Health Kentucky Politics

A rally at the Kentucky State Capitol on Sunday ended with “several people” hanging an effigy of Gov. Andy Beshear from a tree and then marching to the governor’s mansion, chanting “Come out Andy,” according to tweets from a Courier Journal reporter

The governor lives in the mansion with his wife and two children.

Reporter Sarah Ladd sent out a string of tweets from the rally late Sunday afternoon, including a photo of the effigy with a noose around its neck. 

It also had the Latin phrase “Sic semper tyrannis” on the back. The phrase is attributed to Marcus Iunius Brutus, who was one of Julius Caesar’s assassins, roughly translated to “thus always to tyrants.” The saying is also associated with John Wilkes Booth, as some historical accounts say he shouted it after assassinating President Abraham Lincoln.

According to a Facebook event, the “Patriot Day 2nd Amendment Rally” was a demonstration in support of gun rights, organized by Ben Kennedy. A spokesperson with Kentucky State Police said they aren’t answering any questions about the incident at this time.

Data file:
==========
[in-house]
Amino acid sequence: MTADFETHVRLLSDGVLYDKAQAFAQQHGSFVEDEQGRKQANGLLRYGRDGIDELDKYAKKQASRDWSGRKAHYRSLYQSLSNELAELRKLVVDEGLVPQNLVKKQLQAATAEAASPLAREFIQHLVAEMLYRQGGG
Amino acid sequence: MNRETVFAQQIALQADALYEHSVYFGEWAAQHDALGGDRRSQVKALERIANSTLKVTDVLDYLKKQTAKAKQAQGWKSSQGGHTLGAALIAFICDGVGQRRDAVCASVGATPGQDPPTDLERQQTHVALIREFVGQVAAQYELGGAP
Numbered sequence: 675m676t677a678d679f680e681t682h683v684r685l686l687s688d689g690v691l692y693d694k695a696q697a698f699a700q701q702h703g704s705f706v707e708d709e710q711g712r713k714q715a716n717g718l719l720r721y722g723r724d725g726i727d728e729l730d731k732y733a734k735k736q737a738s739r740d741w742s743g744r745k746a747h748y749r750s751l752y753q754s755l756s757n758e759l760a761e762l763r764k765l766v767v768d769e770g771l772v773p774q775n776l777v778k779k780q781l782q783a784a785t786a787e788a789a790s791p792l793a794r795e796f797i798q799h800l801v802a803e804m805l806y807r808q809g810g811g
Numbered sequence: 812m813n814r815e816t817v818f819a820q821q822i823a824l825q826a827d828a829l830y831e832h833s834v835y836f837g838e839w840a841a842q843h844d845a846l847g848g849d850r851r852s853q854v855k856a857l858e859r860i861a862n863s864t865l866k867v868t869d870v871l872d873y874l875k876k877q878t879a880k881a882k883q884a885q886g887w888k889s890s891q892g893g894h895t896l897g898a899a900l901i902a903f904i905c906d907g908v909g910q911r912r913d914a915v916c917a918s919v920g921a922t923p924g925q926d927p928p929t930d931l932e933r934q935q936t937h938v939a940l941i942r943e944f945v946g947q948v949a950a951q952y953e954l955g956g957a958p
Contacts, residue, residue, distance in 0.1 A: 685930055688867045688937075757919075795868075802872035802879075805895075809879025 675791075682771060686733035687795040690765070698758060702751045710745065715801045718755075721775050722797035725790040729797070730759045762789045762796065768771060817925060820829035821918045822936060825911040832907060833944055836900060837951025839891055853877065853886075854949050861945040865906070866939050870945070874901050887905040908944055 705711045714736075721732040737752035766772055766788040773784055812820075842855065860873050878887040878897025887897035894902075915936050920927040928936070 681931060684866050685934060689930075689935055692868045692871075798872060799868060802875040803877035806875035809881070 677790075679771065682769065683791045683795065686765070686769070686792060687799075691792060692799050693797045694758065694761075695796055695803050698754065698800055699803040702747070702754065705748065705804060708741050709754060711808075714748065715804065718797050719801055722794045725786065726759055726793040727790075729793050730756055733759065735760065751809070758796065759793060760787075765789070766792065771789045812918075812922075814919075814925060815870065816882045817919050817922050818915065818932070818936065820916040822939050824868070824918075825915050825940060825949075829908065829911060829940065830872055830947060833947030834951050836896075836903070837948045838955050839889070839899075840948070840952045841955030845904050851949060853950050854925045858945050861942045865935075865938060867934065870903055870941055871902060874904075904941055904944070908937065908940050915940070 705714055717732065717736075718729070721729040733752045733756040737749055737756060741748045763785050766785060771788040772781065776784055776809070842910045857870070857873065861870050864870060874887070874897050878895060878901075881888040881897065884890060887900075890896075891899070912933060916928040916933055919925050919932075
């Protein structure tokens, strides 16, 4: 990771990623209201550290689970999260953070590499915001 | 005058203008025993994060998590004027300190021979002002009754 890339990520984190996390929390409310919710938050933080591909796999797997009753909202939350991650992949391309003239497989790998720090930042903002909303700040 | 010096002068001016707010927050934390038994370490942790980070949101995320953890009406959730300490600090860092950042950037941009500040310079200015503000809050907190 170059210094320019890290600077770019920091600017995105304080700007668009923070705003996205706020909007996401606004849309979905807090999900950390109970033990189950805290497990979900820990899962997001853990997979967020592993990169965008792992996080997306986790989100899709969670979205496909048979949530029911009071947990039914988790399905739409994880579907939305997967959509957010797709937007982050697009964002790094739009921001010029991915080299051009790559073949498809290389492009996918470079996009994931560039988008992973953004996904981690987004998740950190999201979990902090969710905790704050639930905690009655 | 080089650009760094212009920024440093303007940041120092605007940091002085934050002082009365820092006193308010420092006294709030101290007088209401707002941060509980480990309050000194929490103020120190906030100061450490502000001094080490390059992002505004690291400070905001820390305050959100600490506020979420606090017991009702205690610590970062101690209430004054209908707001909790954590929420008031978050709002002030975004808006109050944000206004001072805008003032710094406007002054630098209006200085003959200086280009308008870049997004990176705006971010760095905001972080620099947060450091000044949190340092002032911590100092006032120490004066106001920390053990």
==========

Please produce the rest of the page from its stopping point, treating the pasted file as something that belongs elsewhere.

Sunday evening, Crystal Staley, the communications director for Beshear’s office, shared the following statement with WFPL:

“The act that was displayed on Capitol grounds today, near where the Governor and his young children live, was wrong and offensive. This type of behavior must be condemned. As Kentuckians we should be able to voice our opinions without turning to hate and threats of violence. Put simply – we are and should be better than this.”

The State Journal reported that many of the attendees came with firearms and received copies of the Constitution and sheets with the lyrics to “The Star Spangled Banner.” 

Kentuckians spoke out against the effigy on social media. Some called it a display of White Supremacy, demanding elected officials of all political parties to speak out against it. 

On Twitter, Kentucky Secretary of State Michael Adams said the effigy was “disgusting and I condemn it wholeheartedly.”

U.S. Senate candidate and state representative Charles Booker tweeted: “It’s not just the threat on his life, it’s the fact that they demonstrated an act rooted in our history of racism. I’ve had family lynched in Kentucky. This is vile and traumatic.” 

Kentucky’s Senate Democratic Leader, Morgan McGarvey, called it “a new low.”

Beshear is no longer routinely holding briefings every day, and didn’t hold any this weekend. On Saturday, about a dozen people with family members at the Green River Correctional Complex demonstrated at the Capitol alongside a “Reopen Kentucky” rally.

Editor’s note: This story has been updated to include a statement from the governor’s office.

 

Stephanie Wolf is WFPL's Arts Reporter.